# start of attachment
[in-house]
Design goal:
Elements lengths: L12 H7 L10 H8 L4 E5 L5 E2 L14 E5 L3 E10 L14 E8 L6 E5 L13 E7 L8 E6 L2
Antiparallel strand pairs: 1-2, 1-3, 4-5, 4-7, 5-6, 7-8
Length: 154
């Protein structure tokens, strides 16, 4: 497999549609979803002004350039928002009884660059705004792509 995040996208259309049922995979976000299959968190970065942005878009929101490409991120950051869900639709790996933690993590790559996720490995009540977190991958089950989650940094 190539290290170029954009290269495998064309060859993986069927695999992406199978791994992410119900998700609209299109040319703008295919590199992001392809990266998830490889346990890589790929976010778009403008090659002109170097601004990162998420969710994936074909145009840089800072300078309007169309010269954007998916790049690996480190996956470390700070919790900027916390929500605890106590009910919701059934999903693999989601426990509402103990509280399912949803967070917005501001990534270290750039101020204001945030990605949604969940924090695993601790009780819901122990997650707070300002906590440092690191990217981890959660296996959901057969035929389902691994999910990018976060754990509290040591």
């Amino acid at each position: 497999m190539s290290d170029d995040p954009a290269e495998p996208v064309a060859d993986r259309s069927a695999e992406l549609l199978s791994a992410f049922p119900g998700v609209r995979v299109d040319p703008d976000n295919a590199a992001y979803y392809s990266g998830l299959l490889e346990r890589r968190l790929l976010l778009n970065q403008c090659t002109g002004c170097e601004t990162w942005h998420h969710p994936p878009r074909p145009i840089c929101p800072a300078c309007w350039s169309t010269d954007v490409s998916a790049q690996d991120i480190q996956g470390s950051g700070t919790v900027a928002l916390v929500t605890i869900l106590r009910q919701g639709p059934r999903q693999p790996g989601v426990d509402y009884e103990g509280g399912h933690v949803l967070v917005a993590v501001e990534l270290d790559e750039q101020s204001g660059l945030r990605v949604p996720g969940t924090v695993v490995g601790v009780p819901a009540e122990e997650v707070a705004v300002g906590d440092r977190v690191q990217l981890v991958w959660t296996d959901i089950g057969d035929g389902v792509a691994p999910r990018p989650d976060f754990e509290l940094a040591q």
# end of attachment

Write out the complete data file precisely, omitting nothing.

[in-house]
Design goal:
Elements lengths: L12 H7 L10 H8 L4 E5 L5 E2 L14 E5 L3 E10 L14 E8 L6 E5 L13 E7 L8 E6 L2
Antiparallel strand pairs: 1-2, 1-3, 4-5, 4-7, 5-6, 7-8
Length: 154
């Protein structure tokens, strides 16, 4: 497999549609979803002004350039928002009884660059705004792509 995040996208259309049922995979976000299959968190970065942005878009929101490409991120950051869900639709790996933690993590790559996720490995009540977190991958089950989650940094 190539290290170029954009290269495998064309060859993986069927695999992406199978791994992410119900998700609209299109040319703008295919590199992001392809990266998830490889346990890589790929976010778009403008090659002109170097601004990162998420969710994936074909145009840089800072300078309007169309010269954007998916790049690996480190996956470390700070919790900027916390929500605890106590009910919701059934999903693999989601426990509402103990509280399912949803967070917005501001990534270290750039101020204001945030990605949604969940924090695993601790009780819901122990997650707070300002906590440092690191990217981890959660296996959901057969035929389902691994999910990018976060754990509290040591």
């Amino acid at each position: 497999m190539s290290d170029d995040p954009a290269e495998p996208v064309a060859d993986r259309s069927a695999e992406l549609l199978s791994a992410f049922p119900g998700v609209r995979v299109d040319p703008d976000n295919a590199a992001y979803y392809s990266g998830l299959l490889e346990r890589r968190l790929l976010l778009n970065q403008c090659t002109g002004c170097e601004t990162w942005h998420h969710p994936p878009r074909p145009i840089c929101p800072a300078c309007w350039s169309t010269d954007v490409s998916a790049q690996d991120i480190q996956g470390s950051g700070t919790v900027a928002l916390v929500t605890i869900l106590r009910q919701g639709p059934r999903q693999p790996g989601v426990d509402y009884e103990g509280g399912h933690v949803l967070v917005a993590v501001e990534l270290d790559e750039q101020s204001g660059l945030r990605v949604p996720g969940t924090v695993v490995g601790v009780p819901a009540e122990e997650v707070a705004v300002g906590d440092r977190v690191q990217l981890v991958w959660t296996d959901i089950g057969d035929g389902v792509a691994p999910r990018p989650d976060f754990e509290l940094a040591q």